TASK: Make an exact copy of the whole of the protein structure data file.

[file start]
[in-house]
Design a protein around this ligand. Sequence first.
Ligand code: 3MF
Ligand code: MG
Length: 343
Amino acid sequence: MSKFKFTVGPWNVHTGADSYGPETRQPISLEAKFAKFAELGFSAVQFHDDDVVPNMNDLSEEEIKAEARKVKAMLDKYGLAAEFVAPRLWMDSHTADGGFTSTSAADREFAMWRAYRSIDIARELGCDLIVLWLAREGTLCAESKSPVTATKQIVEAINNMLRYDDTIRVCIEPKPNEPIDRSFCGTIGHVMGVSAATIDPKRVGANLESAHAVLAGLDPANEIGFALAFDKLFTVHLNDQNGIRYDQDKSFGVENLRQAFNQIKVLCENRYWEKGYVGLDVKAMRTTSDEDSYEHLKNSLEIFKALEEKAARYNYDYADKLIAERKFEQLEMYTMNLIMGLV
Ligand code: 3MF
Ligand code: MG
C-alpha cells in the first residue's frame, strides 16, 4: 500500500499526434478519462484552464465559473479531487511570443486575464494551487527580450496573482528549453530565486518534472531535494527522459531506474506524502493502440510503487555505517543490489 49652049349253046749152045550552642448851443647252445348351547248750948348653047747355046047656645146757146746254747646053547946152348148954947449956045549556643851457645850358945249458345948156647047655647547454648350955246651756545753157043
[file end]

[in-house]
Design a protein around this ligand. Sequence first.
Ligand code: 3MF
Ligand code: MG
Length: 343
Amino acid sequence: MSKFKFTVGPWNVHTGADSYGPETRQPISLEAKFAKFAELGFSAVQFHDDDVVPNMNDLSEEEIKAEARKVKAMLDKYGLAAEFVAPRLWMDSHTADGGFTSTSAADREFAMWRAYRSIDIARELGCDLIVLWLAREGTLCAESKSPVTATKQIVEAINNMLRYDDTIRVCIEPKPNEPIDRSFCGTIGHVMGVSAATIDPKRVGANLESAHAVLAGLDPANEIGFALAFDKLFTVHLNDQNGIRYDQDKSFGVENLRQAFNQIKVLCENRYWEKGYVGLDVKAMRTTSDEDSYEHLKNSLEIFKALEEKAARYNYDYADKLIAERKFEQLEMYTMNLIMGLV
Ligand code: 3MF
Ligand code: MG
C-alpha cells in the first residue's frame, strides 16, 4: 500500500499526434478519462484552464465559473479531487511570443486575464494551487527580450496573482528549453530565486518534472531535494527522459531506474506524502493502440510503487555505517543490489 49652049349253046749152045550552642448851443647252445348351547248750948348653047747355046047656645146757146746254747646053547946152348148954947449956045549556643851457645850358945249458345948156647047655647547454648350955246651756545753157043